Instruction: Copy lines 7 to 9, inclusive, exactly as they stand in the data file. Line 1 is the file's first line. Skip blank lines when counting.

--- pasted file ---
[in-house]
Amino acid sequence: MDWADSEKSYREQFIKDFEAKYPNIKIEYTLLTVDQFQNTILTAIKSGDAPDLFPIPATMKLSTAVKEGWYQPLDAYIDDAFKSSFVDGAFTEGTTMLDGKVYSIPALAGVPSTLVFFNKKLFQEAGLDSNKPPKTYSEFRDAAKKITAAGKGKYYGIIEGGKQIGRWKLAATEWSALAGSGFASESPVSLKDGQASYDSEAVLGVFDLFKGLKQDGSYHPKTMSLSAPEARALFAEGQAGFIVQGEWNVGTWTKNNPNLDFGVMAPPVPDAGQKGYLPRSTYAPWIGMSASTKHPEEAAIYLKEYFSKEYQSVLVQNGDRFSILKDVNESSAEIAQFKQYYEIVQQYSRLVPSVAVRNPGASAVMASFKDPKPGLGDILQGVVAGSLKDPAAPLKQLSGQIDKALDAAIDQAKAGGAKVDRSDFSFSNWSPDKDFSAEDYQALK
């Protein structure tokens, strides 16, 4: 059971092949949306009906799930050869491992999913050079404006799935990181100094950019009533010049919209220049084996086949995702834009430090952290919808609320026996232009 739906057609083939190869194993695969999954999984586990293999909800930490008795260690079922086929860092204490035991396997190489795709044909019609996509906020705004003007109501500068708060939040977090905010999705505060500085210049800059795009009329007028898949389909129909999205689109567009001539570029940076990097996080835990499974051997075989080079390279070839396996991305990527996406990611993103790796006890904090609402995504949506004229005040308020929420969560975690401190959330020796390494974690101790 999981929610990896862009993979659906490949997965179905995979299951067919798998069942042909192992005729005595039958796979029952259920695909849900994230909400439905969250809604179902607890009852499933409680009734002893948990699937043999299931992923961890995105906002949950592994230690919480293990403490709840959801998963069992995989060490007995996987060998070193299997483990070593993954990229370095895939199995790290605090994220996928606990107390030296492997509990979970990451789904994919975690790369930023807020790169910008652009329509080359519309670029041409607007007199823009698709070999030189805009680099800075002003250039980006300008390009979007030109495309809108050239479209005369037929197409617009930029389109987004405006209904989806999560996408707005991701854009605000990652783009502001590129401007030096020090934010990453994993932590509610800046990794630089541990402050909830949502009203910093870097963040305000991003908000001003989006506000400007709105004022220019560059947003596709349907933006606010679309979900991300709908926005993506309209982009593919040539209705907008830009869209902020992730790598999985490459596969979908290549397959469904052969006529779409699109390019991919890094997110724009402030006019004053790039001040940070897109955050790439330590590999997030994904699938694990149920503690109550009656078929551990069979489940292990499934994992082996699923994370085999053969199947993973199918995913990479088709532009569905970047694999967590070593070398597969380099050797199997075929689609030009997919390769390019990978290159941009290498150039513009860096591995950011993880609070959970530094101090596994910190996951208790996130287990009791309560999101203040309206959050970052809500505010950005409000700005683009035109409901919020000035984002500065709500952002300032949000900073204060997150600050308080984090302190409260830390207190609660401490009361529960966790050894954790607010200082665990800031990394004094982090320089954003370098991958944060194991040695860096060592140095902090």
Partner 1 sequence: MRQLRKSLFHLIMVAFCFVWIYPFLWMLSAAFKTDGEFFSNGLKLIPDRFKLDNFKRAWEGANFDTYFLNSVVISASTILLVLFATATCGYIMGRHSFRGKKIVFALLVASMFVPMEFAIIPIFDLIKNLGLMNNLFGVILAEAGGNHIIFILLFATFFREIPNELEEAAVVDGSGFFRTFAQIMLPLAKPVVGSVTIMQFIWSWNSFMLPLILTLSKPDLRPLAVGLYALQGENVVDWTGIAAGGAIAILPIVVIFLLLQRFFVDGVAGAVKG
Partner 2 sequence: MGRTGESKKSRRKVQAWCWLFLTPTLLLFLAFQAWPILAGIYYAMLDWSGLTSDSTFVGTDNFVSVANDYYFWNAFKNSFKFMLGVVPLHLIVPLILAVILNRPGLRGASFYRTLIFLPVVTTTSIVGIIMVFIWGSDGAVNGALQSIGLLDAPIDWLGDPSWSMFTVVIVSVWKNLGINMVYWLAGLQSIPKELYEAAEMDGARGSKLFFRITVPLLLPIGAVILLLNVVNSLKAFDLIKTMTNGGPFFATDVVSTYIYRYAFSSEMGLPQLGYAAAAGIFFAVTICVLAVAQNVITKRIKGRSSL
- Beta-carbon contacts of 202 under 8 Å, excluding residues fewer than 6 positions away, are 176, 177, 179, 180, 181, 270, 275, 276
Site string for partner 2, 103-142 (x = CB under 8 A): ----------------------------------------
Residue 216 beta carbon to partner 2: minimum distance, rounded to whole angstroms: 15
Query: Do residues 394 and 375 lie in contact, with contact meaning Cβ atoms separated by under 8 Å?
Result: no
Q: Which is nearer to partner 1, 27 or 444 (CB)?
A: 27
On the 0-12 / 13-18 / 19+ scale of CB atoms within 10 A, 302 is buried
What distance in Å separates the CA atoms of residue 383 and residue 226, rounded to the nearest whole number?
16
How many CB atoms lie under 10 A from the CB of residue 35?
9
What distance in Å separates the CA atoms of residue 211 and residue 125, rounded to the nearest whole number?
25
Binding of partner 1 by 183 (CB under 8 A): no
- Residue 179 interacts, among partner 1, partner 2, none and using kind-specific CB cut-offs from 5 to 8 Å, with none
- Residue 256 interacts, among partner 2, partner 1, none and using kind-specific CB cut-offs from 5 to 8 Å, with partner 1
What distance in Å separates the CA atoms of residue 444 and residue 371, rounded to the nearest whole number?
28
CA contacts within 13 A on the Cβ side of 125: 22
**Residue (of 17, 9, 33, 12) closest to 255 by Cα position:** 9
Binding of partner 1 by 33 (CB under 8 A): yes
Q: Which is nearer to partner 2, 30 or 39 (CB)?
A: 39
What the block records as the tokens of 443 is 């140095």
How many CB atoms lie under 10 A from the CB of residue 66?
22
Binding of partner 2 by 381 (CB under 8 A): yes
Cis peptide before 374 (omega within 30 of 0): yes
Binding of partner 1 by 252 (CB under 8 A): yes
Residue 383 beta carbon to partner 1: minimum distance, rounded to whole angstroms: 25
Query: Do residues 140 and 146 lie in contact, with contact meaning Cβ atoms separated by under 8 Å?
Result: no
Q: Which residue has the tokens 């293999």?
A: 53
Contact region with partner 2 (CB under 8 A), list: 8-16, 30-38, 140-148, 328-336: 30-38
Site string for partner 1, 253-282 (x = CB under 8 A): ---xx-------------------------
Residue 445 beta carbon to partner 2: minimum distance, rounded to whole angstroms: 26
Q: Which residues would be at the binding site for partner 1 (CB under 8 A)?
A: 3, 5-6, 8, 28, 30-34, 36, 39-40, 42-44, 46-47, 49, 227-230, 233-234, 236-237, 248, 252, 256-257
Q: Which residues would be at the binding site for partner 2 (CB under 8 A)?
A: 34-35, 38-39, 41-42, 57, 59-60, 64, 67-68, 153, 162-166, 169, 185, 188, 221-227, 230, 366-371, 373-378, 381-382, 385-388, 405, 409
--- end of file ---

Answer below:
Site string for partner 2, 103-142 (x = CB under 8 A): ----------------------------------------
Residue 216 beta carbon to partner 2: minimum distance, rounded to whole angstroms: 15
Query: Do residues 394 and 375 lie in contact, with contact meaning Cβ atoms separated by under 8 Å?